Dylan Smith went into a Jacksonville antique store with little money and some curiosity, but he left with an expensive antique guitar — and a lot of gratitude.
Smith, a freshman at Jacksonville State University, was out with his friends when he noticed a few of his favorite instruments in Old South Antique Shop.
“I was outside, and I saw guitars in the window,” Smith said, retelling the story from the same shop. “I was like ‘I need to go in, and I need to pick up a guitar.’”
Smith is a self-taught guitarist, picking up what he could where he could. He’s had a few guitars, but got rid of all but one to help with the cost of college. He plays the songs of some of his favorites — Stevie Ray Vaughan, John Mayer and B.B. King — but not in front of a lot of people.
“I mostly just play in my bedroom,” laughed Smith.
What Smith found in the antique shop were a few old guitars, but one in particular caught his eye: A 1955 Harmony Archtop.
“I just thought, ‘Hey, it’s an old guitar, I wonder if it still plays good,’” Smith recalled. “I picked it up, and it did. I didn’t know if I should be playing something that old. I didn’t feel worthy.”
Smith said he had seen just one other similar guitar before, at his job as a guitar tech at Mike’s Treasure Chest in Anniston. That one is priced at $1,200.
“For 300 bucks, it was a steal,” Smith said. “I just couldn’t afford it. I’m a college student, my price range is free.”
Smith put the guitar back down, but kept coming back and playing more during his visit to the store. His attachment to the guitar didn’t go unnoticed.
“He played the guitar two or three times, and she kind of looked over there at him,” said Dianne Landers, a witness to the event and owner of a booth at the antique shop.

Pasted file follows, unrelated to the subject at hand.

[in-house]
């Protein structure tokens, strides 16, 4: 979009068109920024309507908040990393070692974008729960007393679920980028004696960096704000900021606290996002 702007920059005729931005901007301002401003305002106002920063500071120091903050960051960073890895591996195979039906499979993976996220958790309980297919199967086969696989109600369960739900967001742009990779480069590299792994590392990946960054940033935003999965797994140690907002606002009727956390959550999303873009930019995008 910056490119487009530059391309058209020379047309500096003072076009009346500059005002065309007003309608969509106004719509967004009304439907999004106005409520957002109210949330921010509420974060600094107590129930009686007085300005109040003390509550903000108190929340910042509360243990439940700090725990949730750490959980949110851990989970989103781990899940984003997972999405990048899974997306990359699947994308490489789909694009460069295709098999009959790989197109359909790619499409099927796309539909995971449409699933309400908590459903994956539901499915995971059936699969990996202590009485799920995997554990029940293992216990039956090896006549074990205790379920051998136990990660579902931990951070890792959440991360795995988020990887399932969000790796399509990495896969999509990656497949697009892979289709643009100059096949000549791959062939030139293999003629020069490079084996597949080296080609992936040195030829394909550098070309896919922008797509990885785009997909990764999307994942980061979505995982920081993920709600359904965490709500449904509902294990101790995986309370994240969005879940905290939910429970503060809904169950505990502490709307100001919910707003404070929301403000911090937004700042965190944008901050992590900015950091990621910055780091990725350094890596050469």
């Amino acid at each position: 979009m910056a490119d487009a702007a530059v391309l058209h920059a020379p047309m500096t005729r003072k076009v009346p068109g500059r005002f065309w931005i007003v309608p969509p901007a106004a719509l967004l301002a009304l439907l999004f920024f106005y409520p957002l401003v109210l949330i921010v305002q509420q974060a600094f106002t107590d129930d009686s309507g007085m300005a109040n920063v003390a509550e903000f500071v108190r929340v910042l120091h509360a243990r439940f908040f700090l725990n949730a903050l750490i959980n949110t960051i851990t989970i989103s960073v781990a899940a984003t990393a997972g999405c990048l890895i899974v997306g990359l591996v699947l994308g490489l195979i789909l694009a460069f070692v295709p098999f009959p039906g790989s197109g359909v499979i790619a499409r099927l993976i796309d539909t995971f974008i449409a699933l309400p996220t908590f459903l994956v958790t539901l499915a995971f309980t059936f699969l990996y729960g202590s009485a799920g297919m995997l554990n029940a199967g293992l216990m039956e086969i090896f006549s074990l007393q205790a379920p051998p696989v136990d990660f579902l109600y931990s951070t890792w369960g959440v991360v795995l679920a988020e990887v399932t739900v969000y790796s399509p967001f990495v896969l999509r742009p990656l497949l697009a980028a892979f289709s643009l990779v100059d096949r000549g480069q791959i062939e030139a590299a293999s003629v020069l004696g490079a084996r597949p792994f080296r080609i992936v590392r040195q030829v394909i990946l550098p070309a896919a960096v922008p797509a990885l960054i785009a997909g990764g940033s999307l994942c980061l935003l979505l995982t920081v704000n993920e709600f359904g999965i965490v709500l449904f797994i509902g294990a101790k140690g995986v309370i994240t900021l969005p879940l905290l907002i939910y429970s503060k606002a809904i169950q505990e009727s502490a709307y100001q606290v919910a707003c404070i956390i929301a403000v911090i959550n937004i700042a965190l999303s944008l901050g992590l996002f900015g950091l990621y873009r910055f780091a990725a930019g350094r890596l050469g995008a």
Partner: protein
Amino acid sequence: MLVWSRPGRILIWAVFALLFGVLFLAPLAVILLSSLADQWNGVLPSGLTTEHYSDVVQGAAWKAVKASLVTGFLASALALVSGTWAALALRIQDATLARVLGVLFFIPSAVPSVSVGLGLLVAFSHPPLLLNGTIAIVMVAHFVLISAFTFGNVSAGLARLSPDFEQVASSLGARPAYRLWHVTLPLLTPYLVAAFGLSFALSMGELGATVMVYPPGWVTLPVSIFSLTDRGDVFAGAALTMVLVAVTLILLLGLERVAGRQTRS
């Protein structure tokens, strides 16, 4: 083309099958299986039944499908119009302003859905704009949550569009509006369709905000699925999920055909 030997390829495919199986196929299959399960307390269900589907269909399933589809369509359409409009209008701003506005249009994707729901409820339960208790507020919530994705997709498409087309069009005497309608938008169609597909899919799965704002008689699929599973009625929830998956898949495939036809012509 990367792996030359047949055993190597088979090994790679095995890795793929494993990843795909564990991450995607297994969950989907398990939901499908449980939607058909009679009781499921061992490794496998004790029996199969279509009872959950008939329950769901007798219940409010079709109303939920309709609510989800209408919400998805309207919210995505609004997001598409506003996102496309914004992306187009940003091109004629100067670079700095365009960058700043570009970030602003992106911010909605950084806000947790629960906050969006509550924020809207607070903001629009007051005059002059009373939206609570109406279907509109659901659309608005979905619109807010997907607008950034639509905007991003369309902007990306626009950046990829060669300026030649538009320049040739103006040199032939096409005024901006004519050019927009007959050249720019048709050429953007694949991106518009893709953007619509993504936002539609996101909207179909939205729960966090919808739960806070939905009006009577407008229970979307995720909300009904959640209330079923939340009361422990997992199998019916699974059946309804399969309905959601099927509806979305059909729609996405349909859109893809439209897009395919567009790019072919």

The onlooker, a woman who told store employees she wished to remain anonymous, spoke to the owner outside.
“The lady had handed her her credit card outside and said she wanted to buy the guitar for the young man,” Landers said.
The woman, her arm in a sling, approached Smith for his assistance.
“I asked where we’re taking it,” Smith said. “She said ‘We’re taking it to your car.’ I was in disbelief.”
“It was like an early Christmas,” Landers said. “They hugged each other, and he just started crying. It was just a real touching moment. He was just in awe. He was flabbergasted. His face was just in shock.”
“It was disbelief, shock. She doesn’t even know me, why would she do this,” Smith said. “I still can’t believe that somebody dropped $300 on a guitar for someone they didn’t even know.”
Landers said she was touched witnessing the moment.
“There’s a lot of kindness in the world, and sometimes you just don’t see it in individuals,” Landers said.
Landers snapped a couple of pictures of Smith and posted them on the Facebook page for her booth, the Blue Owl.
“My first thought was that people need to see this,” Landers said. “People really need to understand that there is real kindness out there.”
Smith said he has been playing the new guitar for five to six hours a day since getting it. As he recounted the story Wednesday, he polished the body and cleaned the strings.
“It plays well, but I’m helping it play better,” Smith said.
Smith said he was beyond grateful to his anonymous gift giver — and to get to play the guitar.
“You don’t have to own something to be able to enjoy it,” Smith said. “I enjoyed it for those few minutes I was playing it. But now, I get to enjoy it for the rest of my life, because I’m not getting rid of it.”
With the new old guitar in hand, Smith said he could begin building his collection.
“I’ve got one that I keep. I had to get rid of a few, but I’ve got that one that I keep,” Smith said. “That guitar for me is my first wife.”
When asked what he would call the gift guitar, Smith paused briefly, then smiled.
“The mistress,” Smith said. “I think I like that.”